Heinrich von Kleist

(3194 words)
  • William C. Reeve (Queen's University, Canada)

Now recognized as the most “modern” and most performed German classical dramatist and as the author of eight narrative masterpieces, Heinrich von Kleist never saw any of his plays on stage and achieved notoriety throughout most of the 19th century primarily for his scandalous suicide. Because his dramas were considered unperformable and dealt with socially unacceptable themes such as rape, sado-masochism, guerilla warfare or a Prussian officer's fear of death, they could only appear in adaptations until the 20th century. Suddenly, a writer who identified art with life and whom his contemporaries had rejected as a “sick” romantic had anticipated the crisis of modernity and raised crucial existential issues. Since Jean Vilar's …

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Citation:
Reeve, William C.. "Heinrich von Kleist". The Literary Encyclopedia. First published 28 August 2003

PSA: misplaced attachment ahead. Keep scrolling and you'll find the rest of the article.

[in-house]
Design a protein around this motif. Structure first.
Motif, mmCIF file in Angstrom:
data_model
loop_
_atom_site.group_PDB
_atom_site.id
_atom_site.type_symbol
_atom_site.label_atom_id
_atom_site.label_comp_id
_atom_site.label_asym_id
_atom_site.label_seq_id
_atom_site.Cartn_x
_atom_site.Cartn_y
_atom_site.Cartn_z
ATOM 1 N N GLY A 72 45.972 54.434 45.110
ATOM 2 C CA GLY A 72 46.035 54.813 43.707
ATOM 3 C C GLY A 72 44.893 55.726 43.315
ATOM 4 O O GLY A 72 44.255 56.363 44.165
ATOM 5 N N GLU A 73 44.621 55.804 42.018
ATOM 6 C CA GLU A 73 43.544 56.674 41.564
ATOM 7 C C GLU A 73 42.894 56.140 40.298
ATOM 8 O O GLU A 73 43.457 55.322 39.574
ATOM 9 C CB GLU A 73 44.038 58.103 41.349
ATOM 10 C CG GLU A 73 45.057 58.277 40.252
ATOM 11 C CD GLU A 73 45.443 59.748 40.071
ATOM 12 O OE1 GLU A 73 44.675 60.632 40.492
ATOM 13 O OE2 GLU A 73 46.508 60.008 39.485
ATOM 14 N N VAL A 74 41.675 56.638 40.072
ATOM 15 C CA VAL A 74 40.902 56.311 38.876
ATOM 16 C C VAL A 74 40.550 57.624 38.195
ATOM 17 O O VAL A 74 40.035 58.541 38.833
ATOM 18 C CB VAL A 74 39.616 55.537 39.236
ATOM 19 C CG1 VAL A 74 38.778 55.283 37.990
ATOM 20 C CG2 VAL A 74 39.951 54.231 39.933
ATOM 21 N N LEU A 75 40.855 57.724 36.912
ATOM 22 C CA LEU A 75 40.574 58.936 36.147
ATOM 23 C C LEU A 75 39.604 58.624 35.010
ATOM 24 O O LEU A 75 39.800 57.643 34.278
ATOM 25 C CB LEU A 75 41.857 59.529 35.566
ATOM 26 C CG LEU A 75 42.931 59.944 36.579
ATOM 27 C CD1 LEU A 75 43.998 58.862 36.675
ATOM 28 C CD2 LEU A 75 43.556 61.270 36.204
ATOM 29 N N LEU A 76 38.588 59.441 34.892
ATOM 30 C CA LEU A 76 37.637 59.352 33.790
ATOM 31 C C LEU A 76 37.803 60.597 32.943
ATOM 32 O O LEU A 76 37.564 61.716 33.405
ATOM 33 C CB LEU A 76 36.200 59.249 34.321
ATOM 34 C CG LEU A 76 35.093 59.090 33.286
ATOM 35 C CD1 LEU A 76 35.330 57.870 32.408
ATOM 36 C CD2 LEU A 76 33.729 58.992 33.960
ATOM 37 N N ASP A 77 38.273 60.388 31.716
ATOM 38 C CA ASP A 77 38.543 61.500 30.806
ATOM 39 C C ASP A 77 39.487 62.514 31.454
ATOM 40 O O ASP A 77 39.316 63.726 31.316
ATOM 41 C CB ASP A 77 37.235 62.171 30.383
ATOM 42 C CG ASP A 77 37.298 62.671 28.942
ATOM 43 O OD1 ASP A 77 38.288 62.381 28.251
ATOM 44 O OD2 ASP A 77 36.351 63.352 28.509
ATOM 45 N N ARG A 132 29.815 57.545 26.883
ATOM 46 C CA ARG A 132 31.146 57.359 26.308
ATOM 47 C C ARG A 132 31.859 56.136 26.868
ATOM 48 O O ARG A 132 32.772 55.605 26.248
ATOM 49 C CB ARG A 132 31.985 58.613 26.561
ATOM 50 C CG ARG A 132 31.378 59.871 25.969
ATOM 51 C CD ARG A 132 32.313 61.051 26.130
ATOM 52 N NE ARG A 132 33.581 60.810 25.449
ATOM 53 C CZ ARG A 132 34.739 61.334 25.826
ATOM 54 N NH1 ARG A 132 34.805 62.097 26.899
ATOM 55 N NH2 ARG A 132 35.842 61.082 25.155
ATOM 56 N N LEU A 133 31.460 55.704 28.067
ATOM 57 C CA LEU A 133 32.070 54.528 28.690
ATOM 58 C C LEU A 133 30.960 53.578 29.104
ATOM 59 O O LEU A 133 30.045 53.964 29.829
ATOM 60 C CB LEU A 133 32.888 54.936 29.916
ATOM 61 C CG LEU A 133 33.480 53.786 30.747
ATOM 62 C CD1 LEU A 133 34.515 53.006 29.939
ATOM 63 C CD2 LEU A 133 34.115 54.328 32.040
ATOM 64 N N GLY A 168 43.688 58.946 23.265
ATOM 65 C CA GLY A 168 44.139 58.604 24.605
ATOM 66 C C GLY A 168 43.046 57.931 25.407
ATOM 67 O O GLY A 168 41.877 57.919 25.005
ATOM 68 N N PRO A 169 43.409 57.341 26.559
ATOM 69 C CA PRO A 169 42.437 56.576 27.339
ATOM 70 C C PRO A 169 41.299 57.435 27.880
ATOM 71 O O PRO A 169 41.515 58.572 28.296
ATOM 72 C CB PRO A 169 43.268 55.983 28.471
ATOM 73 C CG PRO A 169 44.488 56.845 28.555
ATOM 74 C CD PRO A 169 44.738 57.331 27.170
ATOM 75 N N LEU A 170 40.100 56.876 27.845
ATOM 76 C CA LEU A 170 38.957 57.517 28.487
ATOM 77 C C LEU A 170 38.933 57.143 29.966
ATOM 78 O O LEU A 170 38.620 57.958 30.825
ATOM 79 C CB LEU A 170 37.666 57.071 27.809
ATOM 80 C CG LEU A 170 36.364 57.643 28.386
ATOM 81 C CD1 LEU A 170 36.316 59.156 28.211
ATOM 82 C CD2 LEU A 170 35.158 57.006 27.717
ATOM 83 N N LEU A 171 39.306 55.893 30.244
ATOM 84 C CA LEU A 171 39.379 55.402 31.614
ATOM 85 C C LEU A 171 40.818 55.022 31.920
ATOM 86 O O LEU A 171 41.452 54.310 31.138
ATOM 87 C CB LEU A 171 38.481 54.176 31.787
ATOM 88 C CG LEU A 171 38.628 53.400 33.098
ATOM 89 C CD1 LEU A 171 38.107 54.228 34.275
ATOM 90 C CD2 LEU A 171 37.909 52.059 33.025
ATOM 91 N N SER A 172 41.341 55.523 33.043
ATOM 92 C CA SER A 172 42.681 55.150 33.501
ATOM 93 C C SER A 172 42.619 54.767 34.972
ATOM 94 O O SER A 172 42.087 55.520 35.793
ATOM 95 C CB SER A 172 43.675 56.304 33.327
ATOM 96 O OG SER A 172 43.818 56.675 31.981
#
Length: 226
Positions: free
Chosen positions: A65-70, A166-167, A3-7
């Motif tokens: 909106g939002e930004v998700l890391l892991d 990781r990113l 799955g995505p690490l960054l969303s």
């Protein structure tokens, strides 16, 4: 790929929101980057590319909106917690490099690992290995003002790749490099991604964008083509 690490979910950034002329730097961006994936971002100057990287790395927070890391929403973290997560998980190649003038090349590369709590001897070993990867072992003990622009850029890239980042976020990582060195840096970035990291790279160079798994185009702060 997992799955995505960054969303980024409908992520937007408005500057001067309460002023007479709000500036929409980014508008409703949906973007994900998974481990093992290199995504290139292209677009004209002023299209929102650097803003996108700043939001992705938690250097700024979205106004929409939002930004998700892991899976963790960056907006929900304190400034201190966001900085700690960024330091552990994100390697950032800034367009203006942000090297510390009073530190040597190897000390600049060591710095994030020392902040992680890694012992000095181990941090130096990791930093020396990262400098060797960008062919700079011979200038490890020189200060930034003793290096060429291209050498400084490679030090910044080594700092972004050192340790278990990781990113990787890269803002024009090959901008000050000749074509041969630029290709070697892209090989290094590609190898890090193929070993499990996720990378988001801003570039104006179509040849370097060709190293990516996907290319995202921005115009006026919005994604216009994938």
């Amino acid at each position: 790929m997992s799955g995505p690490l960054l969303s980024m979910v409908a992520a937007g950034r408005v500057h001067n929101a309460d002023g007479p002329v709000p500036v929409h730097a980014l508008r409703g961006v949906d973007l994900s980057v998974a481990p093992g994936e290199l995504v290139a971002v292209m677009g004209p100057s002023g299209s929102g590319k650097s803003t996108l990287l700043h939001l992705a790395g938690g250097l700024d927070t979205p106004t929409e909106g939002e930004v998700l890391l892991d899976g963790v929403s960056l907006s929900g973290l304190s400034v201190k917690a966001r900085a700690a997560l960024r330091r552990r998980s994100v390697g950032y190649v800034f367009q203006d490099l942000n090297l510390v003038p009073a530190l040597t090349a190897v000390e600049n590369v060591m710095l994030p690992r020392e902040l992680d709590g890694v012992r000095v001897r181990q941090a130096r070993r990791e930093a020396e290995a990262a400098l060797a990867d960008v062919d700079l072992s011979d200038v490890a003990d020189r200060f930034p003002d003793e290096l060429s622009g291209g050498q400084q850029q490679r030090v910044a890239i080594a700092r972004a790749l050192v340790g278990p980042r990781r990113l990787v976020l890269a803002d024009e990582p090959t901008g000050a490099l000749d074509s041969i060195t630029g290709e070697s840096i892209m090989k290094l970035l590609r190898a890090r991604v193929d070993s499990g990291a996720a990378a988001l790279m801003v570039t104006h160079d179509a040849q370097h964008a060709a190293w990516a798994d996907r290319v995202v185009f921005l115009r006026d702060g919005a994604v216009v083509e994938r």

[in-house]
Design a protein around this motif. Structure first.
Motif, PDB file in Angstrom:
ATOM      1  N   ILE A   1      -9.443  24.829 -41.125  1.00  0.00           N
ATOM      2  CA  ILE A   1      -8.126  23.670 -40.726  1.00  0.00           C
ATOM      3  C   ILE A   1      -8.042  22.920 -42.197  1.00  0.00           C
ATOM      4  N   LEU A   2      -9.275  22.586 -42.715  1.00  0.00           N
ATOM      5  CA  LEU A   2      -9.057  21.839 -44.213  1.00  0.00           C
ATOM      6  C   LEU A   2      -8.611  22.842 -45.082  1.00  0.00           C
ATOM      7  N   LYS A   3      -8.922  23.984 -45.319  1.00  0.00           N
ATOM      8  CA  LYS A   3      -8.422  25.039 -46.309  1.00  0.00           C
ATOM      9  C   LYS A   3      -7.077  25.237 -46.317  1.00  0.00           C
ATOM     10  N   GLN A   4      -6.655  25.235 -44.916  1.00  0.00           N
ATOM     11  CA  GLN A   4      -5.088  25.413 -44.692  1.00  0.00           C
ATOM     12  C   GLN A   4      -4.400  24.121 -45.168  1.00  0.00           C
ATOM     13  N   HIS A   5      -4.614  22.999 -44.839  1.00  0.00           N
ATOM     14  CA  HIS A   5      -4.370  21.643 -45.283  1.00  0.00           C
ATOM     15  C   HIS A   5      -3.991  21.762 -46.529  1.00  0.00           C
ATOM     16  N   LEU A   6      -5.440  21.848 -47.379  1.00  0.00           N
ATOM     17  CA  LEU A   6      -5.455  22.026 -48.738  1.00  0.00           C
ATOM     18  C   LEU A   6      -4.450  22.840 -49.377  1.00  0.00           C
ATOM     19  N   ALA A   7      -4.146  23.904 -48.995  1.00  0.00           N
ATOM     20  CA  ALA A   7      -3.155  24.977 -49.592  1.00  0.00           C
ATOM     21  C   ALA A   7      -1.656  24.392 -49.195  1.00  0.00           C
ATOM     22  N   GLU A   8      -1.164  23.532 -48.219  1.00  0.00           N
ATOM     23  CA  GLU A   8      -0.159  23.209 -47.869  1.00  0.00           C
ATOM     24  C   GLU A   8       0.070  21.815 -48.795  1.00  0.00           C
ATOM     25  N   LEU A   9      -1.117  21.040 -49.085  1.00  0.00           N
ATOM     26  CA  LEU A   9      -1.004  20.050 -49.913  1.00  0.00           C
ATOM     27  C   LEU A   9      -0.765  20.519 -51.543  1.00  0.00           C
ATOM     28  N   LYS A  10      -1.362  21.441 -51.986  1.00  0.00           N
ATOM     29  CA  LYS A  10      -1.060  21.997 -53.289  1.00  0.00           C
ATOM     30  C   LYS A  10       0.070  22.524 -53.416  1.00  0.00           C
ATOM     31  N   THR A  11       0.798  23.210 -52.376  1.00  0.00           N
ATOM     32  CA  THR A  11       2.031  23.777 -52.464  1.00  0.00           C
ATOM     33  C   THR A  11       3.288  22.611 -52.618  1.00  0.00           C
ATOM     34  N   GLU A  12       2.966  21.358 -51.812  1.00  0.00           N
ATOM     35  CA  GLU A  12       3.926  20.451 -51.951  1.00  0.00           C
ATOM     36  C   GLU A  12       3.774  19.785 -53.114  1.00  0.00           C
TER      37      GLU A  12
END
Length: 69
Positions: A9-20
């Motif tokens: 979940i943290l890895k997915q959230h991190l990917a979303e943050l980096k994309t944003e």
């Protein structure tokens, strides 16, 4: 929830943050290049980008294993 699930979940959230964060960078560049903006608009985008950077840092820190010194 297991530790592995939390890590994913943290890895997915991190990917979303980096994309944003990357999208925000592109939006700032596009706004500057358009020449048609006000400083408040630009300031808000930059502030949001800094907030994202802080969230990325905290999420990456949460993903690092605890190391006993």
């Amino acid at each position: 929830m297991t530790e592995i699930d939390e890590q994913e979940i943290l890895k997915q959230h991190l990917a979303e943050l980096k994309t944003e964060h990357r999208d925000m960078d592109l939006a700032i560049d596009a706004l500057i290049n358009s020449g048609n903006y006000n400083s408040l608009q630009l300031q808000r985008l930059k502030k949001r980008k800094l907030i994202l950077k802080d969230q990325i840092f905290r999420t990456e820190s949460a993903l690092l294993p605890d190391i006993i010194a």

[http://www.litencyc.com/php/speople.php?rec=true&UID=5477, accessed 24 November 2014.]

Articles on Kleist's works

  1. Amphitryon
  2. Das Bettelweib von Locarno [The Beggarwoman of Locarno]
  3. Das Erdbeben in Chili [The Earthquake in Chili]
  4. Das Käthchen von Heilbronn [Cathy of Heilbronn]
  5. Der zerbrochne Krug. Ein Lustspiel [The Broken Jug. A Comedy]
  6. Die Hermannsschlacht [Hermann's Battle]
  7. Die Marquise von O ... [The Countess of O ...]
  8. Die Verlobung in St. Domingo [The Betrothal in St. Domingo]
  9. Michael Kohlhaas
  10. Penthesilea
  11. Prinz Friedrich von Homburg [The Prince of Homburg]
  12. Über die allmähliche Verfertigung der Gedanken beim Reden [Concerning the Gradual Construction of Thoughts while Speaking]